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Phorbol ester-mediated inhibition of IFN-alpha/beta gene transcription in blood mononuclear leukocytes.
J Immunol 1991; 147(9):3116-21JI

Abstract

The phorbol ester PMA efficiently inhibits the in vitro IFN-alpha and -beta responses in human blood monocytes induced by Sendai virus and in natural IFN-producing cells induced by glutaraldehyde-fixed herpes simplex virus-infected human amnion (WISH) cells. This PMA-mediated inhibition of IFN-alpha/beta secretion is correlated with considerably reduced levels of IFN-alpha/beta mRNA, as determined by Northern blot analysis. Nuclear run-on assays further show that, at least in monocytes, PMA inhibits transcription of the IFN-alpha and -beta genes. The synthetic diacylglycerol 1-oleoyl-2-acetylglycerol has the same effects as PMA, and the protein kinase inhibitor staurosporine prevents the PMA-mediated inhibition of IFN-alpha/beta expression. These results suggest a role for protein kinase C in the inhibition of IFN-alpha/beta responses. The PMA does not inhibit the accumulation of IFN-beta mRNA in monocytes stimulated by Sendai virus in the presence of cycloheximide, indicating that the inhibitory action of the phorbol ester requires de novo protein synthesis.

Authors+Show Affiliations

Department of Veterinary Microbiology, Swedish University of Agricultural Sciences, Uppsala, Sweden.No affiliation info availableNo affiliation info availableNo affiliation info available

Pub Type(s)

Journal Article
Research Support, Non-U.S. Gov't

Language

eng

PubMed ID

1655906

Citation

Sandberg, K, et al. "Phorbol Ester-mediated Inhibition of IFN-alpha/beta Gene Transcription in Blood Mononuclear Leukocytes." Journal of Immunology (Baltimore, Md. : 1950), vol. 147, no. 9, 1991, pp. 3116-21.
Sandberg K, Eloranta ML, Gobl AE, et al. Phorbol ester-mediated inhibition of IFN-alpha/beta gene transcription in blood mononuclear leukocytes. J Immunol. 1991;147(9):3116-21.
Sandberg, K., Eloranta, M. L., Gobl, A. E., & Alm, G. V. (1991). Phorbol ester-mediated inhibition of IFN-alpha/beta gene transcription in blood mononuclear leukocytes. Journal of Immunology (Baltimore, Md. : 1950), 147(9), pp. 3116-21.
Sandberg K, et al. Phorbol Ester-mediated Inhibition of IFN-alpha/beta Gene Transcription in Blood Mononuclear Leukocytes. J Immunol. 1991 Nov 1;147(9):3116-21. PubMed PMID: 1655906.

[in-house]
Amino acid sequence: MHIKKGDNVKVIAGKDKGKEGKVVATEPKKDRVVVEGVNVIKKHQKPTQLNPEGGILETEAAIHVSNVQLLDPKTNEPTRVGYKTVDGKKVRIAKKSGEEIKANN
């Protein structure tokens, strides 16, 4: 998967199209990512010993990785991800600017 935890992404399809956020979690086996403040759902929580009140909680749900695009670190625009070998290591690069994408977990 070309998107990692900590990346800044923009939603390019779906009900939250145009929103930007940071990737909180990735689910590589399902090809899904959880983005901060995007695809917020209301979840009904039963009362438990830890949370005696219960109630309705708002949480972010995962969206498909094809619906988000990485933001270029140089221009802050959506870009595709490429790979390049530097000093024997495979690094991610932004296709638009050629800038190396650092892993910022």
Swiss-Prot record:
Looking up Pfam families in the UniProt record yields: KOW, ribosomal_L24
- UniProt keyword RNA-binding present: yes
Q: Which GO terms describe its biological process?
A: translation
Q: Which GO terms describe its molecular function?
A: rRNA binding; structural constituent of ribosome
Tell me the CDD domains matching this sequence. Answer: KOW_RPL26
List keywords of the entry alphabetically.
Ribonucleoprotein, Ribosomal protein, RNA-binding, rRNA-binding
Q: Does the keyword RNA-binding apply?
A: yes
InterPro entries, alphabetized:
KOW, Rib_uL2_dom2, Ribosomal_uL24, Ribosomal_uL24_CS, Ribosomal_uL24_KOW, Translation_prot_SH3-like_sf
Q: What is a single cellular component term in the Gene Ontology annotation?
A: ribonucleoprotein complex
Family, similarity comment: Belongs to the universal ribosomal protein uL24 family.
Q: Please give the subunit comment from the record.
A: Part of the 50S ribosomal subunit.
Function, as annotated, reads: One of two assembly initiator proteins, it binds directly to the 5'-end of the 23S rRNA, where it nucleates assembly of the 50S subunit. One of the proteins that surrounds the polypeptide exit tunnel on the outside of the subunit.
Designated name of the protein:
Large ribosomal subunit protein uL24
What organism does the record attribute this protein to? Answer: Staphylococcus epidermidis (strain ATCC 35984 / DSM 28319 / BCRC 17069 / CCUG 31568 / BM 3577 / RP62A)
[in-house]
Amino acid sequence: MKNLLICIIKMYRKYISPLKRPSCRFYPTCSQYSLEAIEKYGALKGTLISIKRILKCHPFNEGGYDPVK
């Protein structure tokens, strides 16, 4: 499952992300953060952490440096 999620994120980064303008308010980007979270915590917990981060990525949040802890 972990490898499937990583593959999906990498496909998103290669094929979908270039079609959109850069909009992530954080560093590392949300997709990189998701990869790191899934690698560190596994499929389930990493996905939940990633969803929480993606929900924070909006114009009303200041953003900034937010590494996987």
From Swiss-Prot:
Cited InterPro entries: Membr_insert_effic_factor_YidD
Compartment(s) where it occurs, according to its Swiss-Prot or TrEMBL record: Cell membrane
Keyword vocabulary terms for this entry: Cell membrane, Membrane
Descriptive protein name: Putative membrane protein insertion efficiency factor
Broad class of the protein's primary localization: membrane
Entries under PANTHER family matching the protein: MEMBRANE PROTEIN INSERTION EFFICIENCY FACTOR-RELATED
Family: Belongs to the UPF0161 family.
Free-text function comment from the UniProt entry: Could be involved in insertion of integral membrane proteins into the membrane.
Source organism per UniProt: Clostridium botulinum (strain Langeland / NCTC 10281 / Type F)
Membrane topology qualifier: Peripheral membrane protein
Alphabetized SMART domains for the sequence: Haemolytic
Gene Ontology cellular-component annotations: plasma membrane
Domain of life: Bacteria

* Article titles in AMA citation format should be in sentence-case
TY - JOUR T1 - Phorbol ester-mediated inhibition of IFN-alpha/beta gene transcription in blood mononuclear leukocytes. AU - Sandberg,K, AU - Eloranta,M L, AU - Gobl,A E, AU - Alm,G V, PY - 1991/11/1/pubmed PY - 1991/11/1/medline PY - 1991/11/1/entrez SP - 3116 EP - 21 JF - Journal of immunology (Baltimore, Md. : 1950) JO - J. Immunol. VL - 147 IS - 9 N2 - The phorbol ester PMA efficiently inhibits the in vitro IFN-alpha and -beta responses in human blood monocytes induced by Sendai virus and in natural IFN-producing cells induced by glutaraldehyde-fixed herpes simplex virus-infected human amnion (WISH) cells. This PMA-mediated inhibition of IFN-alpha/beta secretion is correlated with considerably reduced levels of IFN-alpha/beta mRNA, as determined by Northern blot analysis. Nuclear run-on assays further show that, at least in monocytes, PMA inhibits transcription of the IFN-alpha and -beta genes. The synthetic diacylglycerol 1-oleoyl-2-acetylglycerol has the same effects as PMA, and the protein kinase inhibitor staurosporine prevents the PMA-mediated inhibition of IFN-alpha/beta expression. These results suggest a role for protein kinase C in the inhibition of IFN-alpha/beta responses. The PMA does not inhibit the accumulation of IFN-beta mRNA in monocytes stimulated by Sendai virus in the presence of cycloheximide, indicating that the inhibitory action of the phorbol ester requires de novo protein synthesis. SN - 0022-1767 UR - https://www.unboundmedicine.com/medline/citation/1655906/Phorbol_ester_mediated_inhibition_of_IFN_alpha/beta_gene_transcription_in_blood_mononuclear_leukocytes_ L2 - http://www.jimmunol.org/cgi/pmidlookup?view=long&pmid=1655906 DB - PRIME DP - Unbound Medicine ER -